Hence, our policy at that time was not to use force under any circumstances, even when attacked by the enemy by force. That was the policy of the Movement and the Party at that time. Therefore, sometimes when our revolutionary fighters were confronted by the repressive forces of the enemy they would run away even though they had guns in their hands and could fight back effectively. But we had to act according to the policy of our leaders and hence we did not shoot back at the enemy.
And we continued with this policy until late 1958 and early 1959. And so, as you've just stated, it was really true that we were indeed overly patient. But by the end of 1958 and early 1959, they became extremely tyrannical. They actually started a unilateral war against us. To oppose our political struggle, they carried out a real war. Furthermore, they carried out a systematic and barbaric massacre of nationalistic people.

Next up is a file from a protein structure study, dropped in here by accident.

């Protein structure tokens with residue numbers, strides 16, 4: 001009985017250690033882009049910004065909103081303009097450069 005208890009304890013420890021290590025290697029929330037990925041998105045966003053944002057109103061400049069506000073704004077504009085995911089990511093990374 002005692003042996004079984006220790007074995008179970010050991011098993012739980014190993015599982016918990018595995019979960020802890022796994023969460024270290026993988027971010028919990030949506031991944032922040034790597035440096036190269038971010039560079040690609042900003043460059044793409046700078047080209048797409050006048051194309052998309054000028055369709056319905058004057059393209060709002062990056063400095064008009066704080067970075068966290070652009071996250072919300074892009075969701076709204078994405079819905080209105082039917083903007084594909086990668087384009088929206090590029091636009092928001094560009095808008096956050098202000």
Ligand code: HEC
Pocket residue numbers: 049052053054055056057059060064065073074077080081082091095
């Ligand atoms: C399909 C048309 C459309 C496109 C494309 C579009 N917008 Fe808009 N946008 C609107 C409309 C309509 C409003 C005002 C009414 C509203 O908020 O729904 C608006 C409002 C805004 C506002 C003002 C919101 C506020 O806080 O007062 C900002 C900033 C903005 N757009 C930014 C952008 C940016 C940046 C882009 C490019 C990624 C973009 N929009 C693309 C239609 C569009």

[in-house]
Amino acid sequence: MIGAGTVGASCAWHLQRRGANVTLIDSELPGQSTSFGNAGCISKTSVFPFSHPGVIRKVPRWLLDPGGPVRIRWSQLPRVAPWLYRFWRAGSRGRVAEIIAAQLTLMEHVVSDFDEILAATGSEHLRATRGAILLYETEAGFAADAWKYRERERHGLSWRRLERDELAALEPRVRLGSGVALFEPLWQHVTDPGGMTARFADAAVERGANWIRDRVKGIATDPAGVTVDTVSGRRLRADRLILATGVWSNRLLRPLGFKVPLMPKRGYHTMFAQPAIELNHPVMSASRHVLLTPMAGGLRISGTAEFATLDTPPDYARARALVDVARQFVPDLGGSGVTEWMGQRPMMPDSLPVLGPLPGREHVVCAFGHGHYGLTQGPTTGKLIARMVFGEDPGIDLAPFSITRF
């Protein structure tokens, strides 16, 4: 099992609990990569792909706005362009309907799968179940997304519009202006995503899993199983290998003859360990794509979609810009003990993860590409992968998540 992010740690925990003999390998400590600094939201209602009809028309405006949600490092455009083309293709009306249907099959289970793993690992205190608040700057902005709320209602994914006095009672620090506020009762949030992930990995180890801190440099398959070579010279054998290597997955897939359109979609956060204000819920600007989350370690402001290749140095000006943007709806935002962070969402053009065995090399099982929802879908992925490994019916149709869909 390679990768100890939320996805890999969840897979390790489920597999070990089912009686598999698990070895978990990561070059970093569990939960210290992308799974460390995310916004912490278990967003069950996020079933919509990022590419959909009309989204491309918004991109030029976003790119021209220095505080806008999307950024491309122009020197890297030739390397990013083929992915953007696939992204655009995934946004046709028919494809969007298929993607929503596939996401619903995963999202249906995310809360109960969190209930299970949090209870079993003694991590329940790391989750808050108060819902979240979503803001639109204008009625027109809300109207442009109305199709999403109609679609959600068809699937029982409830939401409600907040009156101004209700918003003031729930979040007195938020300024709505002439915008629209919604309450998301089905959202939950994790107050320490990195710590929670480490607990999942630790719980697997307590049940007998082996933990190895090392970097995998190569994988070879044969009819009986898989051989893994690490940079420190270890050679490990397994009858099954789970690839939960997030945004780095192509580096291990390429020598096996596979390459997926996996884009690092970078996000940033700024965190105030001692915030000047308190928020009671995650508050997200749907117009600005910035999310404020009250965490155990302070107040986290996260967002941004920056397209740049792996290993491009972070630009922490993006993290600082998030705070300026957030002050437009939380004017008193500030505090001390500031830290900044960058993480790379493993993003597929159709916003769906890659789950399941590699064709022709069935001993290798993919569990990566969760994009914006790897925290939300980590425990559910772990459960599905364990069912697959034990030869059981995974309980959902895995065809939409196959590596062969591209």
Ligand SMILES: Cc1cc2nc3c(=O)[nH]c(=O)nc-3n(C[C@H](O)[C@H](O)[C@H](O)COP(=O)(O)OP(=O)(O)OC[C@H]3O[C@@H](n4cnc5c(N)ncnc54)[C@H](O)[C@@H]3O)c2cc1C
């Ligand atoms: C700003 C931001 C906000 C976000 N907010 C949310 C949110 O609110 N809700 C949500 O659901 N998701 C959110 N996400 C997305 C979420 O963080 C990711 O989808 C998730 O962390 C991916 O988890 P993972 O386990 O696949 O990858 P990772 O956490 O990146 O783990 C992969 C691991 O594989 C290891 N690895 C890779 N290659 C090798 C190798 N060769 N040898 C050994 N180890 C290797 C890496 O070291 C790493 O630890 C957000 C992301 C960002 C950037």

They issued that very fascistic Law Code 10/59, aiming at terrorizing the population by having nationalistic people decapitated in public. Whenever there was some kind of incident in some place, they would take their special court to that place, put on a trial and decapitate their prisoners immediately on the spot in full view of the local inhabitants. Confronted by this situation, we then decided that we had to fight back. We did this at first only with our self-defense forces and our armed propaganda forces. But by the end of 1959 and the beginning of 1960, our decision was to couple our political struggles with armed struggles.

Early battles against the Americans

430 TAKE 1
Could you say something about the importance of two battles, the battle of Ap Bac and the battle of Binh Gia?